GARY McKINNON felt he had become a "dead person" during his 10-year battle against extradition to America for computer hacking but now believes he has the chance to lead a normal life again, his tearful mother Janis Sharp said.

Ms Sharp explained how her 46-year-old son reacted to the landmark decision by Theresa May, in which the Home Secretary did something her three Labour predecessors had failed to do – defy the US authorities and stop an extradition, using the Human Rights Act.

"He couldn't speak. He cried and then he hugged. There's been hugging and crying. It's so emotional," said Ms Sharp as a wall of cameras repeatedly clicked at her every movement behind the microphone.

She gave an insight into how her son – who suffers from Asperger's Syndrome, a form of autism – had coped with what she described as the "emotional rollercoaster" of the past 10 years.

She said: "He felt he was dead; he had no job, he had no children. He doesn't leave the house. He has no conversation. He has nothing. He felt he was worthless."

Ms Sharp was in tears as she described her son's "horrendous" decade-long ordeal. He would, she explained, "just sit in the dark all the time".

"You saw him shut down and slow down," she added. "It's been awful watching Gary go downhill so badly, but such a relief to watch him smile for the first time in many years. It's amazing."

Ms Sharp left no doubt that if the decision had gone the other way, her son would have taken his own life.

"It's been a life-saving decision. Gary doesn't travel abroad. He rarely leaves London. To take him from everything he knows, several thousand miles away, is so terrifying to him. I can understand he felt he would rather be dead," she said.

She thanked her son's legal team, the media, human rights campaigners and a host of celebrities, including actresses Julie Christie and Trudie Styler as well as musicians David Gilmour and Bob Geldof.

She said: "Without people power of all these different people together there's no way Gary would have stayed here."

Earlier at Westminster, the Home Secretary told MPs how Mr McKinnon was accused of serious crimes, yet there was no doubt he was seriously ill.

It is alleged he hacked into US Navy computers in the wake of the 9/11 terror attacks, disabling hundreds of systems. He admits accessing them but claims it was to search for evidence of UFOs.

Ms May explained how she had considered representations on the accused's behalf, including from a number of clinicians. She also got her own expert medical and legal advice.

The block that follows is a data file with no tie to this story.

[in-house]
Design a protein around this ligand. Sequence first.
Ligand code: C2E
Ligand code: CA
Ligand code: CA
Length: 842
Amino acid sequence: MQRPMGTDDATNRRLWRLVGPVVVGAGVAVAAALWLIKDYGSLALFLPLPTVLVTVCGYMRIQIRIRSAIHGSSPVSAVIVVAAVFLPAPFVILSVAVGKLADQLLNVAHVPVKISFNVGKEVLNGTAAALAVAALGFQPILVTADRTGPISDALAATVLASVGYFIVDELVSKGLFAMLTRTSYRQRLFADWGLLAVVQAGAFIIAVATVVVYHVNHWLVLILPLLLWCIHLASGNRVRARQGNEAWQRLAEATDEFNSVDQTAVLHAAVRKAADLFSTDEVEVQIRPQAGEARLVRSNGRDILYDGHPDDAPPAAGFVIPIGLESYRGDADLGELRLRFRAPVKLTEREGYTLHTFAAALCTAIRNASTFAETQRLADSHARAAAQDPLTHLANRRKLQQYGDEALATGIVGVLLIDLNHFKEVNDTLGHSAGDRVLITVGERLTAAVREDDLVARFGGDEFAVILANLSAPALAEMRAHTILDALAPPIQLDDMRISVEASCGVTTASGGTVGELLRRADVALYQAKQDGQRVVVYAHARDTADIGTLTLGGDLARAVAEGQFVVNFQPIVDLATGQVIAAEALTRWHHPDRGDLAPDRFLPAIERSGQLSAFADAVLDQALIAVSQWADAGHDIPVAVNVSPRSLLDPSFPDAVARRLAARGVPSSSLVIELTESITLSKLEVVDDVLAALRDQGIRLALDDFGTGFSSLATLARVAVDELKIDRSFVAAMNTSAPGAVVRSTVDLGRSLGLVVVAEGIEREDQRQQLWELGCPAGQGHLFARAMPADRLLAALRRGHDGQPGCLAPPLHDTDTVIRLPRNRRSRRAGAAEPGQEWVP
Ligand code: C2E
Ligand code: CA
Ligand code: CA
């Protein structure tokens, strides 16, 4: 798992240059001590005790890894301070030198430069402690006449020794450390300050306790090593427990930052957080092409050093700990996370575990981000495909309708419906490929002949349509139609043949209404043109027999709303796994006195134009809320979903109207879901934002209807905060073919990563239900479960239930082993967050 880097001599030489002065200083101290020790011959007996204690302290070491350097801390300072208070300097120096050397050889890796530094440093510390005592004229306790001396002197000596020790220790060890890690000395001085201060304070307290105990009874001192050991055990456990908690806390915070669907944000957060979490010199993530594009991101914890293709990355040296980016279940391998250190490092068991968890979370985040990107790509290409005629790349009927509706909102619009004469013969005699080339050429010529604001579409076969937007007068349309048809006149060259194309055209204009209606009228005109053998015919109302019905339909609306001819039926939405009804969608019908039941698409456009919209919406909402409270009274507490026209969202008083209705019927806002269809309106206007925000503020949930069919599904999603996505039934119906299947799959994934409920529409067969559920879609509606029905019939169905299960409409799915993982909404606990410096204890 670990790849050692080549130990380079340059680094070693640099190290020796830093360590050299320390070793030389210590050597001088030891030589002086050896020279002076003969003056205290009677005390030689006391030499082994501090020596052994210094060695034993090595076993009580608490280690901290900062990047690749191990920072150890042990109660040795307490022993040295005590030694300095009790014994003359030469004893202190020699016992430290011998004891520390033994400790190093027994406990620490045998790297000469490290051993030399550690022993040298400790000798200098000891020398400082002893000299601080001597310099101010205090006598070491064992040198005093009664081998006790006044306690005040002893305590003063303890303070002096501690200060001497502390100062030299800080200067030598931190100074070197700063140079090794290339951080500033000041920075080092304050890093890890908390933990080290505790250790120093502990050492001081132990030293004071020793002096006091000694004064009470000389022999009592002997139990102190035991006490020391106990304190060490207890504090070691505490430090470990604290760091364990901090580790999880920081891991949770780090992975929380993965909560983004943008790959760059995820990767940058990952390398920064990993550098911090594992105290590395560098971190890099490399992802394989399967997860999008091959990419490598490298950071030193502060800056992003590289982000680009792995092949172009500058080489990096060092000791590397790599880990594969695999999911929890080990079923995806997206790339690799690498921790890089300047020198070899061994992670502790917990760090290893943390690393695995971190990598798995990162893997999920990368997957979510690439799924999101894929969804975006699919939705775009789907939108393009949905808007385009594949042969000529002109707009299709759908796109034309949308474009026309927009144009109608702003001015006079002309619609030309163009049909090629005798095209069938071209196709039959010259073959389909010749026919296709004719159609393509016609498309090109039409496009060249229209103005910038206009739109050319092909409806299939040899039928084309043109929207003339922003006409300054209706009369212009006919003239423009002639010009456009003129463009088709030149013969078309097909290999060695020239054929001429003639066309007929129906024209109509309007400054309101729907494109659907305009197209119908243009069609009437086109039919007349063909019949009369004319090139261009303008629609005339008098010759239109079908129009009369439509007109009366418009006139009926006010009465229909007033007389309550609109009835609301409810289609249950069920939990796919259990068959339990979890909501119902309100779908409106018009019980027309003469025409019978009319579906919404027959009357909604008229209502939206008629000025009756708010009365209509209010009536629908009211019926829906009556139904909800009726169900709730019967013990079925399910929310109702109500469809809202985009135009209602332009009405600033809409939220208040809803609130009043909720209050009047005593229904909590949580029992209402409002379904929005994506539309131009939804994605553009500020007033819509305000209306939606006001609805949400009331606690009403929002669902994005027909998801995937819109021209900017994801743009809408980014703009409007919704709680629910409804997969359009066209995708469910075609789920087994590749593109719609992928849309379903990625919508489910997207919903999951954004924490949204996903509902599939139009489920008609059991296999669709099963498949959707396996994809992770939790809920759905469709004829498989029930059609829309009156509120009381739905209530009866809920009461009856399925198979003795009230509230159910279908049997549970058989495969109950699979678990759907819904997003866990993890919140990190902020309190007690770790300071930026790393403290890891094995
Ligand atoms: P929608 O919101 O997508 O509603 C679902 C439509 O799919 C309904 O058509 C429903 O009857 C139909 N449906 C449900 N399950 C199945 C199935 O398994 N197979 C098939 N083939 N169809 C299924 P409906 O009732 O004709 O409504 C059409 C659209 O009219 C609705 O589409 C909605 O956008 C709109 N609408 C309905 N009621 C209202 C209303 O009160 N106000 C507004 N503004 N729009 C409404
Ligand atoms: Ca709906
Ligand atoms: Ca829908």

She said: "After careful consideration of all of the relevant material, I have concluded Mr McKinnon's extradition would give rise to such a high risk of him ending his life that a decision to extradite would be incompatible with his human rights. I have therefore withdrawn the extradition order against him."

Some MPs applauded and cheered. David Burrowes, the accused's local MP in London, said it had been a "victory for compassion".

The computer hacker was arrested in 2002 and then again in 2005 before an order for his extradition to America was made in July 2006.

This triggered three successive applications for judicial review and questions about the fairness of the UK-US extradition treaty, which critics claim is one-sided. An independent review of the UK's extradition arrangements last year found the current transatlantic treaty was "balanced and fair".

Mrs May said the Government accepted the review's recommendations, but would look to create a so-called "forum bar", where extradition cases would be heard in an open court before any decisions were taken.

She explained in future it would not be up to home secretaries to hear appeals on human rights grounds but the court.

Yvette Cooper, her Labour Shadow, said she was worried the decision could make it easier for others with less clear-cut cases to try to avoid extradition.

Tory MP David Davies insisted Mrs May had "stood up for the rights of British nationals and for the wider British national interest".

However, Alan Johnson, the former Labour Home Secretary, criticised the decision and claimed Mrs May had made a decision which was "in her own party's best interests but it's not in the best interests of this country".

Last night, a spokeswoman for the US State Department said it was "disappointed by the decision to deny Gary McKinnon's extradition to face long overdue justice in the United States" and would be "examining the details of the decision".

Keir Starmer, Director of Public Prosecutions in England, now has to decide whether Mr McKinnon should face trial in Britain.